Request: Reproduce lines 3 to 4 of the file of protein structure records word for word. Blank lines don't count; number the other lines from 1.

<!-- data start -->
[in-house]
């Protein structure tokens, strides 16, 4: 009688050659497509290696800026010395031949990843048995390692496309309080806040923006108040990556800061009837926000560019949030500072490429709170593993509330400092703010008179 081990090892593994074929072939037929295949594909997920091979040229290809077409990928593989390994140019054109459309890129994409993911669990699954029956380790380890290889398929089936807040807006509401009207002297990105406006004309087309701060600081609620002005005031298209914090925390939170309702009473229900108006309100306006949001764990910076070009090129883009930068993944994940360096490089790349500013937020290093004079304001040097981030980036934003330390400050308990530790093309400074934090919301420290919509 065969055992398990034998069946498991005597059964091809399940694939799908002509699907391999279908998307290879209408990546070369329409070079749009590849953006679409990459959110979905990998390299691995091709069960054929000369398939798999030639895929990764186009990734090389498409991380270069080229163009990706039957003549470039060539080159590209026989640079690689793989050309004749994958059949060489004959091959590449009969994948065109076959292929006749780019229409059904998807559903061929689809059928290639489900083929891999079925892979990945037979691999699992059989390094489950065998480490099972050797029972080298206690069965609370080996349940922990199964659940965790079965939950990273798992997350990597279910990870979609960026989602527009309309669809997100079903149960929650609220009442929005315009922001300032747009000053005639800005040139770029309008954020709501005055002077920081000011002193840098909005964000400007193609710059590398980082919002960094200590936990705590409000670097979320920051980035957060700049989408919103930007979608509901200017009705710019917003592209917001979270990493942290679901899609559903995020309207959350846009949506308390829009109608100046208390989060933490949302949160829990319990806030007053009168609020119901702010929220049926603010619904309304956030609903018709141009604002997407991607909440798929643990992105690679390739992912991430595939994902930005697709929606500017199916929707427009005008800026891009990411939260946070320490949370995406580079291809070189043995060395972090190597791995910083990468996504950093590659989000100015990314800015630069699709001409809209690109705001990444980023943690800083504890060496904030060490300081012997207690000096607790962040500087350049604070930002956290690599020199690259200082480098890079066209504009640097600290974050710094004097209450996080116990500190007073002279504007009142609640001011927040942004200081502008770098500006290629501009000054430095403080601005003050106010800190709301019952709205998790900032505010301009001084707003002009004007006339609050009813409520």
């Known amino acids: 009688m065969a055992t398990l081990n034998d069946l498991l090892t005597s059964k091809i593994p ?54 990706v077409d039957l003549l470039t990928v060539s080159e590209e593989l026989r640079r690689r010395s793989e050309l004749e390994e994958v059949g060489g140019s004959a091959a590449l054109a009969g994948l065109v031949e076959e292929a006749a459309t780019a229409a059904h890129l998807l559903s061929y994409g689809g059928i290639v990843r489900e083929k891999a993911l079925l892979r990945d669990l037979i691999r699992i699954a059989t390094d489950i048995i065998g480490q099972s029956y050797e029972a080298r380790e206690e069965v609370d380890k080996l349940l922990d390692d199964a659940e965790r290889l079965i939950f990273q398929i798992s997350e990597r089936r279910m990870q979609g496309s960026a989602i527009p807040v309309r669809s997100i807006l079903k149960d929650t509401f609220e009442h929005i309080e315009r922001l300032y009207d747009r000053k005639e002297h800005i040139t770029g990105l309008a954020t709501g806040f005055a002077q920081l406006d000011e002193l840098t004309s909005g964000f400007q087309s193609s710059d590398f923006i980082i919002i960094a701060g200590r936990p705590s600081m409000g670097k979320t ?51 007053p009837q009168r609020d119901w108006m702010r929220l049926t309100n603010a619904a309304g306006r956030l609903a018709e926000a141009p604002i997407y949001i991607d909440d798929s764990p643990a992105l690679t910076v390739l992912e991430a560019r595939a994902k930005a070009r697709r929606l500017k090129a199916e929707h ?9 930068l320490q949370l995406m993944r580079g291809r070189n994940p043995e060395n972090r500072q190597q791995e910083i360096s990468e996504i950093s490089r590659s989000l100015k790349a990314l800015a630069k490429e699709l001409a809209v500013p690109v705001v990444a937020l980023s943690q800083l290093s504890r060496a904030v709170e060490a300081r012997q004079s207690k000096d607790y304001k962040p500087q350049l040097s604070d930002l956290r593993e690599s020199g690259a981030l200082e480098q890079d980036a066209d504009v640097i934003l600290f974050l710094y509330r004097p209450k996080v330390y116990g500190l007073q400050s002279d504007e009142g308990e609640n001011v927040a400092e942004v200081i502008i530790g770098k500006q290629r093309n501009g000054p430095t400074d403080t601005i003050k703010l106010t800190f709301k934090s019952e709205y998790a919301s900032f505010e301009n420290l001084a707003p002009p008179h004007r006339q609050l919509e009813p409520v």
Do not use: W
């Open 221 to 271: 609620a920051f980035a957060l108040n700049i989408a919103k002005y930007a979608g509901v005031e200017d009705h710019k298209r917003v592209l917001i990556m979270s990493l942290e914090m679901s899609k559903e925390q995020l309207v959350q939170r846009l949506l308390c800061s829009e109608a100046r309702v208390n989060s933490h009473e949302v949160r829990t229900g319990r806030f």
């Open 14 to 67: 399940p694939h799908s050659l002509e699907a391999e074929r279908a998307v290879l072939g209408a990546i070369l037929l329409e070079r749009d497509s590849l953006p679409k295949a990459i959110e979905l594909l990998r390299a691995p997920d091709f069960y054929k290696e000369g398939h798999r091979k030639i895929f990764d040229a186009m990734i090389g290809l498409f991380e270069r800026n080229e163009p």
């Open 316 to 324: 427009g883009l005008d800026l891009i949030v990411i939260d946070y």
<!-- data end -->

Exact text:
């Known amino acids: 009688m065969a055992t398990l081990n034998d069946l498991l090892t005597s059964k091809i593994p ?54 990706v077409d039957l003549l470039t990928v060539s080159e590209e593989l026989r640079r690689r010395s793989e050309l004749e390994e994958v059949g060489g140019s004959a091959a590449l054109a009969g994948l065109v031949e076959e292929a006749a459309t780019a229409a059904h890129l998807l559903s061929y994409g689809g059928i290639v990843r489900e083929k891999a993911l079925l892979r990945d669990l037979i691999r699992i699954a059989t390094d489950i048995i065998g480490q099972s029956y050797e029972a080298r380790e206690e069965v609370d380890k080996l349940l922990d390692d199964a659940e965790r290889l079965i939950f990273q398929i798992s997350e990597r089936r279910m990870q979609g496309s960026a989602i527009p807040v309309r669809s997100i807006l079903k149960d929650t509401f609220e009442h929005i309080e315009r922001l300032y009207d747009r000053k005639e002297h800005i040139t770029g990105l309008a954020t709501g806040f005055a002077q920081l406006d000011e002193l840098t004309s909005g964000f400007q087309s193609s710059d590398f923006i980082i919002i960094a701060g200590r936990p705590s600081m409000g670097k979320t ?51 007053p009837q009168r609020d119901w108006m702010r929220l049926t309100n603010a619904a309304g306006r956030l609903a018709e926000a141009p604002i997407y949001i991607d909440d798929s764990p643990a992105l690679t910076v390739l992912e991430a560019r595939a994902k930005a070009r697709r929606l500017k090129a199916e929707h ?9 930068l320490q949370l995406m993944r580079g291809r070189n994940p043995e060395n972090r500072q190597q791995e910083i360096s990468e996504i950093s490089r590659s989000l100015k790349a990314l800015a630069k490429e699709l001409a809209v500013p690109v705001v990444a937020l980023s943690q800083l290093s504890r060496a904030v709170e060490a300081r012997q004079s207690k000096d607790y304001k962040p500087q350049l040097s604070d930002l956290r593993e690599s020199g690259a981030l200082e480098q890079d980036a066209d504009v640097i934003l600290f974050l710094y509330r004097p209450k996080v330390y116990g500190l007073q400050s002279d504007e009142g308990e609640n001011v927040a400092e942004v200081i502008i530790g770098k500006q290629r093309n501009g000054p430095t400074d403080t601005i003050k703010l106010t800190f709301k934090s019952e709205y998790a919301s900032f505010e301009n420290l001084a707003p002009p008179h004007r006339q609050l919509e009813p409520v």
Do not use: W